The governor, Abdourahamane Moussa, told these media outlets that after demanding money, the men took the American citizen with them in the direction of the Nigerian border.

The State Department spokesman said that “when a US citizen is missing, we work closely with local authorities as they carry out their search efforts, and we share information with families however we can.

“The welfare and safety of US citizens abroad is one of the highest priorities of the Department of State. We stand ready to provide appropriate assistance to US citizens in need and to their families. Due to privacy considerations, we have no further comment at this time.”

The US embassy in Niamey, Niger, did not respond to requests for comment.

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Pelosi: Covid relief deal could still happen before Election Day

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On Friday, Pelosi told CNN she sent Mnuchin a list of concerns “that we still had about ‘what is the answer?'”

“My understanding is he will be reviewing that over the weekend, and we will have some answers on Monday,” she said Sunday.

Pelosi said she’ll not hold out to see whether Democrats win the White House and the Senate and keep the House after in the Nov. 3 elections to pursue a bill more to Democrats’ liking. Instead, she said she’ll continue working to get a relief bill passed “as soon as possible.”

The speaker went on to say that a relief bill could be passed as soon as this week in the House, but that it’s up to Senate Majority Leader Mitch McConnell whether it would go to the Senate floor.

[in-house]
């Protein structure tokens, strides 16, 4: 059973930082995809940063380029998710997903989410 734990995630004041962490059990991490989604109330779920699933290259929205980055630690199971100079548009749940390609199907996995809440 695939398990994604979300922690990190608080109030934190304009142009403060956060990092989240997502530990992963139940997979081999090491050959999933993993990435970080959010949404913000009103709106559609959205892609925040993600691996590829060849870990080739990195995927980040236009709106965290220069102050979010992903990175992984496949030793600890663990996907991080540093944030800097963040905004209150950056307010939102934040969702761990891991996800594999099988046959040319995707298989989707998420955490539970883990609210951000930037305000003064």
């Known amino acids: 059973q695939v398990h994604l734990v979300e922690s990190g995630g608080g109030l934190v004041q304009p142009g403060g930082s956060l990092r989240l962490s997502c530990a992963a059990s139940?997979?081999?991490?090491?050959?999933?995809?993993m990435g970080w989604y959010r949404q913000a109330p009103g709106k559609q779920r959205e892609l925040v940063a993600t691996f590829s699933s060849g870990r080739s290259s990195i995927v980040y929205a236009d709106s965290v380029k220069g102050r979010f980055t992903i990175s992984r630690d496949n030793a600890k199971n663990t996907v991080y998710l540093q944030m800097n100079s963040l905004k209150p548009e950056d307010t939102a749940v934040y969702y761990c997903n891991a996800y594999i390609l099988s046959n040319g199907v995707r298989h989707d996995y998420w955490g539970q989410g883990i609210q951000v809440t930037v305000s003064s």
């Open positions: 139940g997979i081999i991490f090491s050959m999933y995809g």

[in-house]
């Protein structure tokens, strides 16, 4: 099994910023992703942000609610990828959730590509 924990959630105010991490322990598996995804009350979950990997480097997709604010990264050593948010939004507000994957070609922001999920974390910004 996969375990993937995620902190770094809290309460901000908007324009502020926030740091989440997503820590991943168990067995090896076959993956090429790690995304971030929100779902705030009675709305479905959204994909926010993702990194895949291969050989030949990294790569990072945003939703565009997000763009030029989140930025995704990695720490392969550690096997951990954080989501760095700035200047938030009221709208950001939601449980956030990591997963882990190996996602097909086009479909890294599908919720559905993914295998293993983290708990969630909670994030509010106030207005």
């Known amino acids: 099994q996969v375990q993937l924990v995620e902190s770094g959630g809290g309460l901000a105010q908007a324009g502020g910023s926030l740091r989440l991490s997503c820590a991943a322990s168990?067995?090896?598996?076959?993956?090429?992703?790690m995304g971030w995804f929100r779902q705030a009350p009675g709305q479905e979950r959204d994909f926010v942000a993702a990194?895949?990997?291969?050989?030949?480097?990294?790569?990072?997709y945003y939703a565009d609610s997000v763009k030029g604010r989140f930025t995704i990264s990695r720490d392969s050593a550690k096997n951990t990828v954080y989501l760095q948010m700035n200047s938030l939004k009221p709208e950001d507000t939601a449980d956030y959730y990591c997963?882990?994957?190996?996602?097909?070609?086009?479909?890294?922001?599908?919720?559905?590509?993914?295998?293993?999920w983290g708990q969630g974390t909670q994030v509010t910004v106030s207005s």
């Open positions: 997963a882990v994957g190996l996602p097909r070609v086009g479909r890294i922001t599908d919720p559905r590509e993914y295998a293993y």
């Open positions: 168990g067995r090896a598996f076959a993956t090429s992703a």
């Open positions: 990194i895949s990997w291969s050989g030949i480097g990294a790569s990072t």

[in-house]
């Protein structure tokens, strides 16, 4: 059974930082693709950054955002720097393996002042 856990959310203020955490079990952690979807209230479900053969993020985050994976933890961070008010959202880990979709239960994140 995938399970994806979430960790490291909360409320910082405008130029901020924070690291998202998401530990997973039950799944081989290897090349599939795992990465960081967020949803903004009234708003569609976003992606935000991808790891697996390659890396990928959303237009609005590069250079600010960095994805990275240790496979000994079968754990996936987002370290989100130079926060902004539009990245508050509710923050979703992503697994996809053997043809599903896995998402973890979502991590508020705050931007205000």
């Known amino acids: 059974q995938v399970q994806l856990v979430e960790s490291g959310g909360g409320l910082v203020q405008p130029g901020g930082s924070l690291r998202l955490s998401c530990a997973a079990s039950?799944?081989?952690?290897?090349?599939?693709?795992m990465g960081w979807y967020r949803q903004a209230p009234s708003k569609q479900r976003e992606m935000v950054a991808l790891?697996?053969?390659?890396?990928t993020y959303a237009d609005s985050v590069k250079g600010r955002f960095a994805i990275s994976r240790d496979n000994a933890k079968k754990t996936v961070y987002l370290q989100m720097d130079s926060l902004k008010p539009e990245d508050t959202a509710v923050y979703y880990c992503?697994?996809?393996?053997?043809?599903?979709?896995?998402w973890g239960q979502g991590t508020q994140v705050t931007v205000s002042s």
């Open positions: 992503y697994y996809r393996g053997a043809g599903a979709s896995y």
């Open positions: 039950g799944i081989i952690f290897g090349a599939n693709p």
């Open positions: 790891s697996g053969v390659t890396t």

McConnell has largely steered clear of stimulus talks recently and many GOP senators are opposed to the $2 trillion deal being discussed by Pelosi and Mnuchin. On Tuesday, McConnell softened his stance a bit, saying he would allow the Senate to vote on a Pelosi-Mnuchin agreement — assuming that first Trump agrees to sign it.

Earlier Sunday on CNN, White House chief of staff Mark Meadows said, “We’ve identified those Senate Republicans most likely to vote” for the relief deal to pass. But he said Republicans will not blindly pass the bill without first reading its terms fully.

“We are not Nancy Pelosi. We are not going to vote or opine on a bill and pass it before we have read it,” he said.

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one man’s reflections on what has gone wrong with ‘the family’

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Jeremy Corbyn is elected as the new leader of Labour Party, September 2015: Forde barely hides his contempt for the MPs ‘who put a Marxist on the ballot paper’. | PA Images


4 min read

At times searing in his criticism of those he holds responsible for trashing the prospects of the Labour party, Gisela Stuart finds Matt Forde’s new book both entertaining and insightful

Matt Forde’s “Politically Homeless” is like an episode from the Archers’ in the early months of the lockdown. One man’s reflections on what has gone wrong with “the family”. To be fair to Forde, unlike the Archers, he does make you laugh.